Taste (7/10): Again quite a dark beer and one that follows on well from the nose but the coffee is certainly dialled down every so slightly at this stage without giving too much up to the other flavours. There was some strong roasted malts and a little vanilla off the back of them, the coffee definitely still dominating but there is more room for the lactose and chocolate flavours to come through this time around as well. I managed to detect touches of spice and even a little caramel towards the end but everything worked well and went down easily.
Palate (4/5): Medium bodied and quite thick on the palate, the beer is moderately carbonated with a crisp feel that is also quite smooth. There is a nice balance to flavours and plenty of variety to them as well which makes the beer go down very easily. It’s quite a strong tasting beer and is for the most part dominated by the coffee flavours but they don’t overpower and it’s pleasant drinking throughout.

Overall (16/20): This one was quite an enjoyable beer from the outset, there was a huge amount of coffee coming through and plenty of chocolate and cocoa backed it up, there was even some lactose in there to balance it out slightly. The beer had touches of sweetness nearer the middle with the caramel and some sugars grabbing your attention alongside hints of spice and the faintest of vanilla too. I really like this one, the coffee dominated but didn’t overpower and it was quite easy to drink despite the fact it got off to a poor start appearance-wise with the head fading far too quickly for my liking; nice stuff though and one I’d have again.

Brewed In: Huddersfield, England
Brewery: Magic Rock Brewing
First Brewed: 2015
Type: American Porter
Abv: 5.4%
Serving: Can (330ml)
Purchased: Brewdog BottleDog (Glasgow)
Price: £3.09

BRLO Porter

Rating: 3.25

A German brewed porter now and another craft style beer that I managed to pick up in Germany recently, this one being a beer that I grabbed in a local shop in the Alexanderplatz area of Berlin on my visit to the city before sampling it back at my hotel later the same evening. Definitely a local beer, this one is brewed by the BRLO brewery based in the city and is one that I noticed is available at quite a few craft beer bars dotted about the city so my hoping was that it would be a good one. Falling somewhere between an English porter and a Russian imperial stout, the beer comes in at 7% abv. and is one that I was quite looking forward to trying when I picked it up; here’s what I thought of it when I tried it last month.

Appearance (4/5): Not quite as dark looking as expected, this one was a caramel brown to light mahogany colour that was topped with a half centimetre tall, bubbly head that was tan brown coloured and foamy. Head retention was quite good from this one and there wasn’t really much in the way of movement or reduction in size in the early going which was a bonus.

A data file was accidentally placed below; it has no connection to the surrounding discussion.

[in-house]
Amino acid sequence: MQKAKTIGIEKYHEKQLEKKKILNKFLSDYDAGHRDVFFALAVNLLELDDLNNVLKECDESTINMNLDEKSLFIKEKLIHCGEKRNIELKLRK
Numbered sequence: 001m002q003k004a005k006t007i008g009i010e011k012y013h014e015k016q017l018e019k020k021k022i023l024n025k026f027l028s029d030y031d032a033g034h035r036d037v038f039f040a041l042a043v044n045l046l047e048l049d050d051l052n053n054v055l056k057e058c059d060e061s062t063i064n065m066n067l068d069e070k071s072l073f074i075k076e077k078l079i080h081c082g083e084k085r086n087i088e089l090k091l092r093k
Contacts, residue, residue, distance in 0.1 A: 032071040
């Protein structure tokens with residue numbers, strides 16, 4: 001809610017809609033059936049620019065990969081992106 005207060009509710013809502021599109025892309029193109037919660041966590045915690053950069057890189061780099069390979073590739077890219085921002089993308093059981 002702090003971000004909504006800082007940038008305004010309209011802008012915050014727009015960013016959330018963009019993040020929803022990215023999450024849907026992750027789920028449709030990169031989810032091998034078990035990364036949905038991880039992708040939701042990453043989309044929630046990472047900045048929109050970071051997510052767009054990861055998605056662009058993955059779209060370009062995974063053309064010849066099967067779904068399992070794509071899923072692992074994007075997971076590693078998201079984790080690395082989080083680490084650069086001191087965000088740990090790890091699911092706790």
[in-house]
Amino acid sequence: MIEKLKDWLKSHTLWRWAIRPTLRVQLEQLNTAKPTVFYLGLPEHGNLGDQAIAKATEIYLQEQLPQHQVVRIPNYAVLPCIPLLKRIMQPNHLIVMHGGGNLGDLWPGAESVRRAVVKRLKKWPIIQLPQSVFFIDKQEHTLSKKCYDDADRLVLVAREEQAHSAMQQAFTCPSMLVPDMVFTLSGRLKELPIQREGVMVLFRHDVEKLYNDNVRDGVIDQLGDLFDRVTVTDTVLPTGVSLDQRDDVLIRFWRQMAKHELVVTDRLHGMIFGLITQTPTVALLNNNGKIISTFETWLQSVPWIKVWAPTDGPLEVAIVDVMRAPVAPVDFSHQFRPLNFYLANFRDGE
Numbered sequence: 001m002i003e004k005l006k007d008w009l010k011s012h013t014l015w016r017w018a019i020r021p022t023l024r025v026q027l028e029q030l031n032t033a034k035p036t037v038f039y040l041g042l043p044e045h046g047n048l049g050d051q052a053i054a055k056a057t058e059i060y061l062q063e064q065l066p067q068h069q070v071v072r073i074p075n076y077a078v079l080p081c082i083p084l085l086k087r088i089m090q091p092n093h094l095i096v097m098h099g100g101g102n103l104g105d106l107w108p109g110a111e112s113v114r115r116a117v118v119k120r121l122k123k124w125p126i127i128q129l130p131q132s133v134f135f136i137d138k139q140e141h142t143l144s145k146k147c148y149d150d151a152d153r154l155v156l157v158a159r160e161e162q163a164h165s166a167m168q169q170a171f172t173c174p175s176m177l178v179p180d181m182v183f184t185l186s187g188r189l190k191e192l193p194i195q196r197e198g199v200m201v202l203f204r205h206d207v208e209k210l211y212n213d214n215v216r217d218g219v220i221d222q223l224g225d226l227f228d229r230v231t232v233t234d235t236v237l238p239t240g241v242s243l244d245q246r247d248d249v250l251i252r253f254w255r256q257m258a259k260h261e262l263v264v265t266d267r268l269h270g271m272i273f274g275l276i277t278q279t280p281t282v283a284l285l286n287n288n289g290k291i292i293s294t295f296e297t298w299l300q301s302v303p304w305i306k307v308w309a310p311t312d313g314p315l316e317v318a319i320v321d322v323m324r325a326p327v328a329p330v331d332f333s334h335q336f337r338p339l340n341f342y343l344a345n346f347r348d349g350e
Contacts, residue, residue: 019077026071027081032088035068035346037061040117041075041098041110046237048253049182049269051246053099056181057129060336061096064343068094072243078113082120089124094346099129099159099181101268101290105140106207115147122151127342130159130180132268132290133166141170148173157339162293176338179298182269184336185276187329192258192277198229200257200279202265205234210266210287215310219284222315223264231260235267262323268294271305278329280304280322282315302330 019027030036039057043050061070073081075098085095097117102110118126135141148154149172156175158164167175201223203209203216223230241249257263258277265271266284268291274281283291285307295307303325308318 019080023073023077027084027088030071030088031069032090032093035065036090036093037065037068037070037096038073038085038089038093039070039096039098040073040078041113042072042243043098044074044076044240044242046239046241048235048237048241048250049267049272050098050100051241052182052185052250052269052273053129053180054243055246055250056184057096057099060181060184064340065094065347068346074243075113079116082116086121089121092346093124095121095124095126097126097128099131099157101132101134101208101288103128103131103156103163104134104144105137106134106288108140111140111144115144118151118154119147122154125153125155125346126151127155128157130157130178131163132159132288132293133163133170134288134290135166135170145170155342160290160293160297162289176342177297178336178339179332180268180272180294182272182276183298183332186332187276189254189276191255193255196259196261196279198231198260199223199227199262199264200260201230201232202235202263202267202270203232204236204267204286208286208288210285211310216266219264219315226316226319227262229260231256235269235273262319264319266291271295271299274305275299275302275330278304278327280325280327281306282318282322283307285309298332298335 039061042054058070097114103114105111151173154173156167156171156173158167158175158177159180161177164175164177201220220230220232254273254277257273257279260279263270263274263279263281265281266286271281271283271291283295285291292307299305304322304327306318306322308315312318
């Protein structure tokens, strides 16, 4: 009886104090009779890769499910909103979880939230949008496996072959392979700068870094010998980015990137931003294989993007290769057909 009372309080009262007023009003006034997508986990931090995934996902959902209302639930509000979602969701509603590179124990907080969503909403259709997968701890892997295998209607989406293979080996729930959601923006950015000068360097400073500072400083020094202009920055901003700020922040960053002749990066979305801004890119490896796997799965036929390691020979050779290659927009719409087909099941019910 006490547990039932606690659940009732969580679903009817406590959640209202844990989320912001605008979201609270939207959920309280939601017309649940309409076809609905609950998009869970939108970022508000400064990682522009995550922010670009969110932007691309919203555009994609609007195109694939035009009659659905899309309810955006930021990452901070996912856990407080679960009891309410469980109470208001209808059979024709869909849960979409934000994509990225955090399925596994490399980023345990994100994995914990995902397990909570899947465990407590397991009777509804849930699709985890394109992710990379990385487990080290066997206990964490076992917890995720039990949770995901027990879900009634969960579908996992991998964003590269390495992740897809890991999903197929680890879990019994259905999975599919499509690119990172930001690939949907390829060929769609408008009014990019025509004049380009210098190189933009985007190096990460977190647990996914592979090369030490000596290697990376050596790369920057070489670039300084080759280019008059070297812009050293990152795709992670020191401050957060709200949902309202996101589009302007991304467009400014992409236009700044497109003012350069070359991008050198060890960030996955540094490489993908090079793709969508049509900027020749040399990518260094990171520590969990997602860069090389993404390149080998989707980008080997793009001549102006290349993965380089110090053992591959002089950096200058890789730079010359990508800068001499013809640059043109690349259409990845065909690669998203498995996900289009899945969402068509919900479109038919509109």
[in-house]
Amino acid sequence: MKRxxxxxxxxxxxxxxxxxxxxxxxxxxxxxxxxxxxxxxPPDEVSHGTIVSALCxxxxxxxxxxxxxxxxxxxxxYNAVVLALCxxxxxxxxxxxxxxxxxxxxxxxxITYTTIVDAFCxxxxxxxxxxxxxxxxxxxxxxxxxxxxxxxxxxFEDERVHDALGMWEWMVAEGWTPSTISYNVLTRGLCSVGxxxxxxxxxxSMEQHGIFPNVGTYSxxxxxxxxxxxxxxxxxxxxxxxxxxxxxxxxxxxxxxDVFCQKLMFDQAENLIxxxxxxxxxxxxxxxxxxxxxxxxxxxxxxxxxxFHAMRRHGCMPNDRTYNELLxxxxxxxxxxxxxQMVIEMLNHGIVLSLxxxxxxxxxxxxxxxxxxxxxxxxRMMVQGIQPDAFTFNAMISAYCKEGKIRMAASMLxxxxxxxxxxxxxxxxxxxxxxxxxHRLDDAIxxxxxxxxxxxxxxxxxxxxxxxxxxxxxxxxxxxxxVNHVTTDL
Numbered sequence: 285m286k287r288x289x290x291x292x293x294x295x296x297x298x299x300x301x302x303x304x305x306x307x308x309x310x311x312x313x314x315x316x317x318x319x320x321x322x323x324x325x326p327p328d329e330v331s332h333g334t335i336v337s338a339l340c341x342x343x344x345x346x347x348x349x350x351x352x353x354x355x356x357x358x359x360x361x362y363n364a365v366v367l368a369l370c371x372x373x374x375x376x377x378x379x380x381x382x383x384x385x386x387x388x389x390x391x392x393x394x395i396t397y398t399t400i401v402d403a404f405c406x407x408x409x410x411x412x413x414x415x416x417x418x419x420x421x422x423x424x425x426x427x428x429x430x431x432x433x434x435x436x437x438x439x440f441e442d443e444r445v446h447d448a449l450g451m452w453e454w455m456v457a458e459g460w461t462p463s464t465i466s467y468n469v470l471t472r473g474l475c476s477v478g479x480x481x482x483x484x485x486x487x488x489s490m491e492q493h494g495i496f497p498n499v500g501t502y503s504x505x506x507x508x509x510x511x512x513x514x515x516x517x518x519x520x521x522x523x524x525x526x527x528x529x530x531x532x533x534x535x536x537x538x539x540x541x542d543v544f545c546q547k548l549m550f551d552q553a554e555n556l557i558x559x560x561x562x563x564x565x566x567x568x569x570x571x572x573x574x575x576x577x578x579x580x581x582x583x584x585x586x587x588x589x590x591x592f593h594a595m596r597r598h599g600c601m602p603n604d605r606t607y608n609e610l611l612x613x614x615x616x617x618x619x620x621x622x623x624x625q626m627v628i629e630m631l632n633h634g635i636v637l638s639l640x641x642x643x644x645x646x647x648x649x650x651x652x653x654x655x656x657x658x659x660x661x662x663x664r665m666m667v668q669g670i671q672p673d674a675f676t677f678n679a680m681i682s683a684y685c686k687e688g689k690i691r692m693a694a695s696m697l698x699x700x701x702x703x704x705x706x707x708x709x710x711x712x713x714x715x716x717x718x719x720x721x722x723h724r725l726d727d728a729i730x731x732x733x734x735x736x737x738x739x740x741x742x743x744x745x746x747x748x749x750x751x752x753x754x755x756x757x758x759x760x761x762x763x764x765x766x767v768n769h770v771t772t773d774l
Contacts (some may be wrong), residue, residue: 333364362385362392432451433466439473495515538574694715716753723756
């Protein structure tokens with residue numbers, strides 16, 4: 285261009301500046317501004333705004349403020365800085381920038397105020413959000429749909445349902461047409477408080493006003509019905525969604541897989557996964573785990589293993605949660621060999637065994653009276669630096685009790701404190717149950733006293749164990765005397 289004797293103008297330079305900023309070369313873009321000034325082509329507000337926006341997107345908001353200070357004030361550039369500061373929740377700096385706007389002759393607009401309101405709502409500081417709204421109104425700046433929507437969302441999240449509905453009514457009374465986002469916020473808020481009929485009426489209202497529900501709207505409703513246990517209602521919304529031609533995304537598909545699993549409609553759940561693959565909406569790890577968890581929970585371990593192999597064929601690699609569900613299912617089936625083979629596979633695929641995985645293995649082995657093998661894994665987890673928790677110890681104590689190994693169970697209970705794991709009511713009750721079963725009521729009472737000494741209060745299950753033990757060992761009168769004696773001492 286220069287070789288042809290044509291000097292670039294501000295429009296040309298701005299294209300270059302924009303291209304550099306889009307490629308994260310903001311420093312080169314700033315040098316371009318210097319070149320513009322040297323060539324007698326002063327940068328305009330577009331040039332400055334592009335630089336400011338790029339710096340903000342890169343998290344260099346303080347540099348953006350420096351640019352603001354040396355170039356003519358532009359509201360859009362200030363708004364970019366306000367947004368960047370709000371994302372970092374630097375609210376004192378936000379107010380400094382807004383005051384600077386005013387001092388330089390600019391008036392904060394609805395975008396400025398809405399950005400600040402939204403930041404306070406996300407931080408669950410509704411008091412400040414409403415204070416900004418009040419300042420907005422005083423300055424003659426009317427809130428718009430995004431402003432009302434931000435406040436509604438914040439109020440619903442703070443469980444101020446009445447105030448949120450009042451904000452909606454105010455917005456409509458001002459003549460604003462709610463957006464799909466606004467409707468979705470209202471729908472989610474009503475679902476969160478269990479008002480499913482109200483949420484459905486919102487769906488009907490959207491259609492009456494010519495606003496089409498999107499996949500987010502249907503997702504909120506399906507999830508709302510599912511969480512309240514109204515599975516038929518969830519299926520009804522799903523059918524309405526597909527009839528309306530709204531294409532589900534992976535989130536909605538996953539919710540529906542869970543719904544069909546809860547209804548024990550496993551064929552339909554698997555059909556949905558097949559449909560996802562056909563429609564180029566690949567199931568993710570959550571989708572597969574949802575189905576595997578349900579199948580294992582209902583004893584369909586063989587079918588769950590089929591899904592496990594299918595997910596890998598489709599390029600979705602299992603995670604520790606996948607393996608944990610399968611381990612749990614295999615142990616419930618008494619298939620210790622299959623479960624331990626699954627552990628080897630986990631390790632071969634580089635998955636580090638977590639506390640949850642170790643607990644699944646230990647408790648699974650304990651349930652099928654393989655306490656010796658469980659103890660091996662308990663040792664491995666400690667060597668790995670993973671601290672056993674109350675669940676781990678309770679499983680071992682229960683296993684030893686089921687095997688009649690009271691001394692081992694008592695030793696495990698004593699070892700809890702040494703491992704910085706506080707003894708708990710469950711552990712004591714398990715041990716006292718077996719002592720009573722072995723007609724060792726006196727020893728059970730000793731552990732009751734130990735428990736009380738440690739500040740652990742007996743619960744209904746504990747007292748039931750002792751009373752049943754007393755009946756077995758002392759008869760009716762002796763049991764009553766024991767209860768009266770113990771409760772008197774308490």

Aroma (6/10): Opening with some sweet malts and caramel, there was a couple of darker fruits making an appearance in the early going with plums and dates both featuring. Towards the middle there was a combination of sugars and raisins with a toffee malt nose nearer the of the beer which made it seem more like a Vienna lager or a doppelbock at times but it wasn’t a bad-smelling beer at least.
Taste (6/10): The taste kicks off with plenty of sugars that carried over from the nose but there was also some darker fruits in there too; most notably some plums, raisins and dates. Towards the centre I could detect some earthy hops and a solid caramel flavours but on the whole it was a fairly standard and basic tasting porter really.
Palate (3/5): Light-medium bodied and coming through with a lot of sweetness, the beer was crisp and fairly smooth but not a particularly enjoyable or interesting offering on the whole. The palate was a clean one and the beer didn’t seem as heavy as you’d expect from a 7% abv. porter which as a result made it seem slightly cheap and far too sweet sadly.

Overall (13/20): This one was quite a disappointing and fairly poor porter overall, it wasn’t quite as heavy or dark as I’d anticipated but it was far too sweet at times sadly, mainly down to the amount of sugar coming through but also thanks to the dark fruits that featured heavily as well. The main problem with the beer however was the fact that it wasn’t as advertised and came out tasting almost nothing like a porter at times, there was a lot of caramel and toffee with some subtle hops but it was also quite cheap and had a little too much alcohol showing as well; very disappointing really.

Brewed In: Berlin, Germany
Brewery: Brauerei Lemke
First Brewed: 2015
Type: Porter
ABV: 7.0%
Serving: Bottle (330ml)
Purchased: Alexanderplatz, Berlin, Germany
Price: €2.25 (£1.92 approx.)

Saku Porter (345 of 1001)

April 25, 2017 Leave a comment

Rating: 3.8

Only my second ever beer from Estonia now, this one follows on from the bottle of Viru from the country that I reviewed here way back in June 2013 having been impressed with the nice bottle design but ultimately being disappointed with the beer itself so I was hopeful this one would be better. The beer is a Baltic porter that appears in the 1001 beers list as one of only two Estonian offerings featured so I fully expected this one to be a decent offering when I picked it up on my last day in Warsaw when visiting the city last month. Brewed once a year as a winter seasonal, this one was originally brewed in the town of Saku before production was moved to the Aldaris brewery in Latvia in the winter of 2009/10, since both are now owned by Carlsberg but naturally I’ll still list this one as an Estonian beer. It was at this point that the beers alcohol content was reduced from the original 7.5% to its current 7.0%, although the bottle I picked up came in just under that at 6.9% abv. for the winter 2016/17 edition of the beer.